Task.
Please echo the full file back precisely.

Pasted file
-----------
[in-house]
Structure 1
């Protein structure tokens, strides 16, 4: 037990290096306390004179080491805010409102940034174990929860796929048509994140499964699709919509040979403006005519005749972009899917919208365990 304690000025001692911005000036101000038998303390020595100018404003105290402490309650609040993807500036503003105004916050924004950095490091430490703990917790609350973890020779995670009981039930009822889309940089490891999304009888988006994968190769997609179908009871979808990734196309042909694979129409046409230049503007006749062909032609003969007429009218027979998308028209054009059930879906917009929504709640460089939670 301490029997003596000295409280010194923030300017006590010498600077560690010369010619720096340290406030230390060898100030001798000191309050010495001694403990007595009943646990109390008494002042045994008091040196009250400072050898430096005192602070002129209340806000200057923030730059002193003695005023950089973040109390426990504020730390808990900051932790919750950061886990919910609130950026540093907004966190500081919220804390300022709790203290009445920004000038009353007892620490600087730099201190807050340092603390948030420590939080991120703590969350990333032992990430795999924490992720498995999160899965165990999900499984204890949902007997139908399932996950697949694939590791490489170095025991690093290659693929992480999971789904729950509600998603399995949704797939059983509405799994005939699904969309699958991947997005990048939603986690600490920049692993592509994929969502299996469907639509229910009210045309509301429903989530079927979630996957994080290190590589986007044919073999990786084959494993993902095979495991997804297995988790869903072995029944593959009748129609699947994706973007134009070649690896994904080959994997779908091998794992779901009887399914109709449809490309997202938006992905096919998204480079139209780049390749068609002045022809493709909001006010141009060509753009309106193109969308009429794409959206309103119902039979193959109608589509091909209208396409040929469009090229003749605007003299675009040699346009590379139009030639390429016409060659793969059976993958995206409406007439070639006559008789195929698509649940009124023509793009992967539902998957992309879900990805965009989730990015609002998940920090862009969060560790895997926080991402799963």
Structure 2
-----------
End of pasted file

[in-house]
Structure 1
């Protein structure tokens, strides 16, 4: 037990290096306390004179080491805010409102940034174990929860796929048509994140499964699709919509040979403006005519005749972009899917919208365990 304690000025001692911005000036101000038998303390020595100018404003105290402490309650609040993807500036503003105004916050924004950095490091430490703990917790609350973890020779995670009981039930009822889309940089490891999304009888988006994968190769997609179908009871979808990734196309042909694979129409046409230049503007006749062909032609003969007429009218027979998308028209054009059930879906917009929504709640460089939670 301490029997003596000295409280010194923030300017006590010498600077560690010369010619720096340290406030230390060898100030001798000191309050010495001694403990007595009943646990109390008494002042045994008091040196009250400072050898430096005192602070002129209340806000200057923030730059002193003695005023950089973040109390426990504020730390808990900051932790919750950061886990919910609130950026540093907004966190500081919220804390300022709790203290009445920004000038009353007892620490600087730099201190807050340092603390948030420590939080991120703590969350990333032992990430795999924490992720498995999160899965165990999900499984204890949902007997139908399932996950697949694939590791490489170095025991690093290659693929992480999971789904729950509600998603399995949704797939059983509405799994005939699904969309699958991947997005990048939603986690600490920049692993592509994929969502299996469907639509229910009210045309509301429903989530079927979630996957994080290190590589986007044919073999990786084959494993993902095979495991997804297995988790869903072995029944593959009748129609699947994706973007134009070649690896994904080959994997779908091998794992779901009887399914109709449809490309997202938006992905096919998204480079139209780049390749068609002045022809493709909001006010141009060509753009309106193109969308009429794409959206309103119902039979193959109608589509091909209208396409040929469009090229003749605007003299675009040699346009590379139009030639390429016409060659793969059976993958995206409406007439070639006559008789195929698509649940009124023509793009992967539902998957992309879900990805965009989730990015609002998940920090862009969060560790895997926080991402799963």
Structure 2